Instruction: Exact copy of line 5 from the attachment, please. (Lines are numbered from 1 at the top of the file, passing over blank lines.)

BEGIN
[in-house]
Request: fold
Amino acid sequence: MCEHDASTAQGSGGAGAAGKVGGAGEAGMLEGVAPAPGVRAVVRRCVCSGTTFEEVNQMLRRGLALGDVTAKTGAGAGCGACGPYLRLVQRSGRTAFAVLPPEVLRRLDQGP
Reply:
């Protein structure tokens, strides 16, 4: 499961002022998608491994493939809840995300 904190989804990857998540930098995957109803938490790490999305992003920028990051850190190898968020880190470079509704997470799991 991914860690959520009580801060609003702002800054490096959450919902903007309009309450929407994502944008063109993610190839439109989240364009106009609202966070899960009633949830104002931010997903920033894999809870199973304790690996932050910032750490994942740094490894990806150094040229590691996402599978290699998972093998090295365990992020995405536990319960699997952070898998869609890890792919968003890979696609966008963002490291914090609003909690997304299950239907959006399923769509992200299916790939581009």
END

């Protein structure tokens, strides 16, 4: 499961002022998608491994493939809840995300 904190989804990857998540930098995957109803938490790490999305992003920028990051850190190898968020880190470079509704997470799991 991914860690959520009580801060609003702002800054490096959450919902903007309009309450929407994502944008063109993610190839439109989240364009106009609202966070899960009633949830104002931010997903920033894999809870199973304790690996932050910032750490994942740094490894990806150094040229590691996402599978290699998972093998090295365990992020995405536990319960699997952070898998869609890890792919968003890979696609966008963002490291914090609003909690997304299950239907959006399923769509992200299916790939581009």